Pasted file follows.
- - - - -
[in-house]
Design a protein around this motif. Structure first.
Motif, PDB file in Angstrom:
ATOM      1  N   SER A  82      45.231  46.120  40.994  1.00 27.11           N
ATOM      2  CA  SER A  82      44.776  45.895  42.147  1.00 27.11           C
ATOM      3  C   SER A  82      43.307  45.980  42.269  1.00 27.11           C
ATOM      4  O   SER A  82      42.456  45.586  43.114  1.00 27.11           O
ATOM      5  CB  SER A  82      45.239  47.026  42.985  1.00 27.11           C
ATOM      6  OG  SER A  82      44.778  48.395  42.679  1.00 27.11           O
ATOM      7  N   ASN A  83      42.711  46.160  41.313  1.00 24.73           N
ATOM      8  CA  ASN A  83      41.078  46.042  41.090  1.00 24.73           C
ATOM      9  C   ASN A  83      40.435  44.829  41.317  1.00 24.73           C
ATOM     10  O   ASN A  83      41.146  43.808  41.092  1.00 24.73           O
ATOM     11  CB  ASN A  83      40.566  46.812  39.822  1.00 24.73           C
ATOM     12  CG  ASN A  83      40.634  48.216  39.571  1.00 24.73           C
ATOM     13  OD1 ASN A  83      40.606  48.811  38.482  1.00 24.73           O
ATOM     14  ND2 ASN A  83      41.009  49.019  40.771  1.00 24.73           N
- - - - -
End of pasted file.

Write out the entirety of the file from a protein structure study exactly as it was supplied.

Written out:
[in-house]
Design a protein around this motif. Structure first.
Motif, PDB file in Angstrom:
ATOM      1  N   SER A  82      45.231  46.120  40.994  1.00 27.11           N
ATOM      2  CA  SER A  82      44.776  45.895  42.147  1.00 27.11           C
ATOM      3  C   SER A  82      43.307  45.980  42.269  1.00 27.11           C
ATOM      4  O   SER A  82      42.456  45.586  43.114  1.00 27.11           O
ATOM      5  CB  SER A  82      45.239  47.026  42.985  1.00 27.11           C
ATOM      6  OG  SER A  82      44.778  48.395  42.679  1.00 27.11           O
ATOM      7  N   ASN A  83      42.711  46.160  41.313  1.00 24.73           N
ATOM      8  CA  ASN A  83      41.078  46.042  41.090  1.00 24.73           C
ATOM      9  C   ASN A  83      40.435  44.829  41.317  1.00 24.73           C
ATOM     10  O   ASN A  83      41.146  43.808  41.092  1.00 24.73           O
ATOM     11  CB  ASN A  83      40.566  46.812  39.822  1.00 24.73           C
ATOM     12  CG  ASN A  83      40.634  48.216  39.571  1.00 24.73           C
ATOM     13  OD1 ASN A  83      40.606  48.811  38.482  1.00 24.73           O
ATOM     14  ND2 ASN A  83      41.009  49.019  40.771  1.00 24.73           N